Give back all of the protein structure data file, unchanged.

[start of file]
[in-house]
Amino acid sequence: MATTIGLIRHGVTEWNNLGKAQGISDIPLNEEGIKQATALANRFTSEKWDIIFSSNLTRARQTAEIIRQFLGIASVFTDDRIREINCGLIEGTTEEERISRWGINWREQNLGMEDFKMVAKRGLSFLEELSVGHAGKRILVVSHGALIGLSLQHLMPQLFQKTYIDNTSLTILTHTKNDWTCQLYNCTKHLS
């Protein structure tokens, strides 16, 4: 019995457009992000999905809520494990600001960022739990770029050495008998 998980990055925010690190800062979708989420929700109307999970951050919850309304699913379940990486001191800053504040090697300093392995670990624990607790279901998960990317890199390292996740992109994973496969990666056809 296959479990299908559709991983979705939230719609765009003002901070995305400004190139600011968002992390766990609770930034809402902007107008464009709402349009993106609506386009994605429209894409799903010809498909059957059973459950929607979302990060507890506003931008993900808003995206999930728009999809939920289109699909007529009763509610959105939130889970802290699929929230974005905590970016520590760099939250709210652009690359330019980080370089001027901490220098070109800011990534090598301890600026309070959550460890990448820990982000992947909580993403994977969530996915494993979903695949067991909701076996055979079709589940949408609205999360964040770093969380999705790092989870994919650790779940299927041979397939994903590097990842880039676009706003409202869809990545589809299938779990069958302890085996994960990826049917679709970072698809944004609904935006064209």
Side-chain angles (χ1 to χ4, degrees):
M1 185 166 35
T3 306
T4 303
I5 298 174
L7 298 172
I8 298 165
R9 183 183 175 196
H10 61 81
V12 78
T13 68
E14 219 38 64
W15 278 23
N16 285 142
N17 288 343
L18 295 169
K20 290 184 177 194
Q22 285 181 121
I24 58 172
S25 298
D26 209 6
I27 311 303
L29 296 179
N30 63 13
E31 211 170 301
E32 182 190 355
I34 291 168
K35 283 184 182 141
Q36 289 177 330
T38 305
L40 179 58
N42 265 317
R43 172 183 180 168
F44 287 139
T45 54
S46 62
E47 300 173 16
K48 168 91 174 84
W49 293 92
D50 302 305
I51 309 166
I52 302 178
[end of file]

[in-house]
Amino acid sequence: MATTIGLIRHGVTEWNNLGKAQGISDIPLNEEGIKQATALANRFTSEKWDIIFSSNLTRARQTAEIIRQFLGIASVFTDDRIREINCGLIEGTTEEERISRWGINWREQNLGMEDFKMVAKRGLSFLEELSVGHAGKRILVVSHGALIGLSLQHLMPQLFQKTYIDNTSLTILTHTKNDWTCQLYNCTKHLS
């Protein structure tokens, strides 16, 4: 019995457009992000999905809520494990600001960022739990770029050495008998 998980990055925010690190800062979708989420929700109307999970951050919850309304699913379940990486001191800053504040090697300093392995670990624990607790279901998960990317890199390292996740992109994973496969990666056809 296959479990299908559709991983979705939230719609765009003002901070995305400004190139600011968002992390766990609770930034809402902007107008464009709402349009993106609506386009994605429209894409799903010809498909059957059973459950929607979302990060507890506003931008993900808003995206999930728009999809939920289109699909007529009763509610959105939130889970802290699929929230974005905590970016520590760099939250709210652009690359330019980080370089001027901490220098070109800011990534090598301890600026309070959550460890990448820990982000992947909580993403994977969530996915494993979903695949067991909701076996055979079709589940949408609205999360964040770093969380999705790092989870994919650790779940299927041979397939994903590097990842880039676009706003409202869809990545589809299938779990069958302890085996994960990826049917679709970072698809944004609904935006064209």
Side-chain angles (χ1 to χ4, degrees):
M1 185 166 35
T3 306
T4 303
I5 298 174
L7 298 172
I8 298 165
R9 183 183 175 196
H10 61 81
V12 78
T13 68
E14 219 38 64
W15 278 23
N16 285 142
N17 288 343
L18 295 169
K20 290 184 177 194
Q22 285 181 121
I24 58 172
S25 298
D26 209 6
I27 311 303
L29 296 179
N30 63 13
E31 211 170 301
E32 182 190 355
I34 291 168
K35 283 184 182 141
Q36 289 177 330
T38 305
L40 179 58
N42 265 317
R43 172 183 180 168
F44 287 139
T45 54
S46 62
E47 300 173 16
K48 168 91 174 84
W49 293 92
D50 302 305
I51 309 166
I52 302 178